Limits to Growth

Some believe that economic growth is severely constrained by finite natural resources. This view traces its roots at least as far back as Thomas Malthus, who wrote in the eighteenth century that the population has a natural tendency to grow faster than food production and hence is constrained by starvation, pestilence, and war. The "limits-to-growth" view, however, neglects the fact that competitive markets adjust to scarcity. When goods, services, or raw materials become scarce, prices rise, and both consumers and producers are motivated to find more efficient ways of obtaining and using them. Rising energy prices encourage conservation; rising land prices encourage improvements in agricultural techniques that increase food output. Contrary to the Malthusian view, world cereal production has actually grown faster than global population for nearly 200 years.

Nevertheless, when markets do not operate well, valuable resources can be consumed too rapidly or be exhausted. Inadequate property rights in water or forest resources, for example, can result in their future value being neglected. In such cases, establishing reliable property rights or, where markets are seriously deficient, establishing appropriate fees or regulations constitute the economically sensible approach.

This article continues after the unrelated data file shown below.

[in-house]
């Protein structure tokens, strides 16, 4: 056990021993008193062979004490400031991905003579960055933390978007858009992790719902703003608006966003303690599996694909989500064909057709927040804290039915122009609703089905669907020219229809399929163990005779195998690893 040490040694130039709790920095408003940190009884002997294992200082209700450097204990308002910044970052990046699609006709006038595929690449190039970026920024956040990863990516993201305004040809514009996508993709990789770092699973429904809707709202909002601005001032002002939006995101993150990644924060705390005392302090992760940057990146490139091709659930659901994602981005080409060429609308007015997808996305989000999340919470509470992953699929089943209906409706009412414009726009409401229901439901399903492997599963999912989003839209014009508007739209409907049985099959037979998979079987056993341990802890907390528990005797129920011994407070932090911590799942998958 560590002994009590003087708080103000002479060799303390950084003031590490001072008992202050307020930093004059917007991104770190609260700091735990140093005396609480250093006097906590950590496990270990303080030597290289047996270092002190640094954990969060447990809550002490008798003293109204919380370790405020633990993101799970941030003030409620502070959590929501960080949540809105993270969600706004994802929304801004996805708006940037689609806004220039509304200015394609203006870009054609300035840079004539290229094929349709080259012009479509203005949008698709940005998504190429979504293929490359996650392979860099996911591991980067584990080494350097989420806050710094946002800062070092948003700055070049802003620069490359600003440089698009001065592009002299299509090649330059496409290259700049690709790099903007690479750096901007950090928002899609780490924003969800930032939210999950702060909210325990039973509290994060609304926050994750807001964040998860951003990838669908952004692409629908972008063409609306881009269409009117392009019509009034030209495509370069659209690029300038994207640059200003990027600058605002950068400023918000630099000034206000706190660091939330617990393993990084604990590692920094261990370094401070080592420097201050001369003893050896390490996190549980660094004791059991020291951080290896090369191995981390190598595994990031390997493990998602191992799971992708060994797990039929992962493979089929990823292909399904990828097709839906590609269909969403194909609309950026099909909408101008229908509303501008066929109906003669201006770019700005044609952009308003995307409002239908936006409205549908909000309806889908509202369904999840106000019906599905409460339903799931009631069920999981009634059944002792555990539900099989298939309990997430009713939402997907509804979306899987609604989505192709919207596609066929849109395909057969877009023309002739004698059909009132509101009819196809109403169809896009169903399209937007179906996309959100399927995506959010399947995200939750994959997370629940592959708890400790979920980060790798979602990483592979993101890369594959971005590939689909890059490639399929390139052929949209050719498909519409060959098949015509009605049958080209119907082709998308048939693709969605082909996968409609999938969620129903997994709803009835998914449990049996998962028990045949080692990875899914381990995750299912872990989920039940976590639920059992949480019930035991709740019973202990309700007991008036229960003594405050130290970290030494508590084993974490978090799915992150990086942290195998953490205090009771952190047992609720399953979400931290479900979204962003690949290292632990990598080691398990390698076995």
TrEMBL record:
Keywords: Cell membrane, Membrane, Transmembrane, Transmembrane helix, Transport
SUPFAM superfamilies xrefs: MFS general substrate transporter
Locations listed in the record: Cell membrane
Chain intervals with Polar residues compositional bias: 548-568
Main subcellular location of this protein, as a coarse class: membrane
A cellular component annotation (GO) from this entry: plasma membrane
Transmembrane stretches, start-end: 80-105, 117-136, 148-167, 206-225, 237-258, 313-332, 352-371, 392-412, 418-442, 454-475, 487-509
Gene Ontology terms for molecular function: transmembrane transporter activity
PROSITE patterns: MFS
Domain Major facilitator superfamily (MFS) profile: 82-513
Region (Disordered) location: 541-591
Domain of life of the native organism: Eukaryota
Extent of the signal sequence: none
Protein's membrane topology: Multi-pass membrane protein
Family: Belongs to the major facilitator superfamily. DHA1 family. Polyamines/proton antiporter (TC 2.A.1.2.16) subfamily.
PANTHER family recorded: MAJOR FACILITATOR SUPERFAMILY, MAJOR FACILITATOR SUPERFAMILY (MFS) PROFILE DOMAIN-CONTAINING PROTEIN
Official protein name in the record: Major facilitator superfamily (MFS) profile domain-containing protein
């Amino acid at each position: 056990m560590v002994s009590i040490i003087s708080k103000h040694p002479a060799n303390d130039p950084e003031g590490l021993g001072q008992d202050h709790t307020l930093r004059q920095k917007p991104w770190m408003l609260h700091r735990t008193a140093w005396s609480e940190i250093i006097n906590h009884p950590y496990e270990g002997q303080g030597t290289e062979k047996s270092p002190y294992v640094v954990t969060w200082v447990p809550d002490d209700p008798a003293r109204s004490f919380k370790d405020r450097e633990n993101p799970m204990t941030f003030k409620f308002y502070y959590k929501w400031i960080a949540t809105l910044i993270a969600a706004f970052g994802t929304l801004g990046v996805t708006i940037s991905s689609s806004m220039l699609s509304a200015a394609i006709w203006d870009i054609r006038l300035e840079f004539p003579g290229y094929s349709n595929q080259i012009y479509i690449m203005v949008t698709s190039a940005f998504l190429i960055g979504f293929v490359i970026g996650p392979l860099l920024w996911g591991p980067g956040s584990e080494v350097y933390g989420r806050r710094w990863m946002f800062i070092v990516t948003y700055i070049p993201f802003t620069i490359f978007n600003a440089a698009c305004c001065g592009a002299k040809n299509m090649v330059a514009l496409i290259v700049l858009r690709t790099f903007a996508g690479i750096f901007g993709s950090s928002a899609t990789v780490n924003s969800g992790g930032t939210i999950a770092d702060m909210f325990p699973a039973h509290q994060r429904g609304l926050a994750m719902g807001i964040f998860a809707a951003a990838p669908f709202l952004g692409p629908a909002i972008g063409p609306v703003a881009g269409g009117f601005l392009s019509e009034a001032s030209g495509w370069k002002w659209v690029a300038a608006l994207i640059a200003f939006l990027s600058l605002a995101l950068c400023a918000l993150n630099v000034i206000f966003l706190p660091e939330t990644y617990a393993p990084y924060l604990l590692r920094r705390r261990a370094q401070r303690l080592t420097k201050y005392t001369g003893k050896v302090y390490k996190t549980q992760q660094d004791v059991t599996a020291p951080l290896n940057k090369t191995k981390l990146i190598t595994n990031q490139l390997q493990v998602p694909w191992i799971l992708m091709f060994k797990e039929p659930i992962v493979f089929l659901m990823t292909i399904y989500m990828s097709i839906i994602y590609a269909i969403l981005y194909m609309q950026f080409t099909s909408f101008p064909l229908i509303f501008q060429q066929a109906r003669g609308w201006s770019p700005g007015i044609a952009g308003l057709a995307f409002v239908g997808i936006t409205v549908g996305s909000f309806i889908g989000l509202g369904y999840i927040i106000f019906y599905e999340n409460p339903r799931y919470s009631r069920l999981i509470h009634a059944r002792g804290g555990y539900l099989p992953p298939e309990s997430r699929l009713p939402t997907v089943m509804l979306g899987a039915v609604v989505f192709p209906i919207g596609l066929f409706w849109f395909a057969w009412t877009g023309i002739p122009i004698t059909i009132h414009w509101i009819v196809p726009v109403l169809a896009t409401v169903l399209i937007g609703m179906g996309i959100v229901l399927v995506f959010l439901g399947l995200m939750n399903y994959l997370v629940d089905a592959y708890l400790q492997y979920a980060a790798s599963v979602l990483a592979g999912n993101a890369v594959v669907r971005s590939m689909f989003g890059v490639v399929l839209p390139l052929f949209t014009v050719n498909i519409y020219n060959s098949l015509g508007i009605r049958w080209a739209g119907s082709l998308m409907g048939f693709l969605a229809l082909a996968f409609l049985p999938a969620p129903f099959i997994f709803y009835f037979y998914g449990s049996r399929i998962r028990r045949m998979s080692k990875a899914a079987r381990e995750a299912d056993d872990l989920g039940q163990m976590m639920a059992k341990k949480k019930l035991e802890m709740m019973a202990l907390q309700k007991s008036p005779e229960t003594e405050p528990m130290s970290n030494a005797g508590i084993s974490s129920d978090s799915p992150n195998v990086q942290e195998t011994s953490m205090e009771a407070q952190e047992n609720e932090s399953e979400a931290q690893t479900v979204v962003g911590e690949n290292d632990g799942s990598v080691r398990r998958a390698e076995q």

Public policies designed to enhance the skills and productivity of the labor force are critical to ensuring that the rising living standards made possible by economic growth are spread through international trade

Voluntary exchange of goods and services across national bound-

out the economy. Increased funding for Head Start, a program aimed at developing learning skills at an early age; promoting school choice for elementary and secondary education; better access to higher education; and improved job training all have the potential to spur economic growth. Sound policies to protect the environment and manage natural resources can also strengthen the framework for growth. The current income tax system can also be reformed to eliminate aspects that inhibit growth. Among these modifications are cutting the tax rate on savings and entrepreneurship, depreciation reform, and eliminating the double taxation of corporate dividends.

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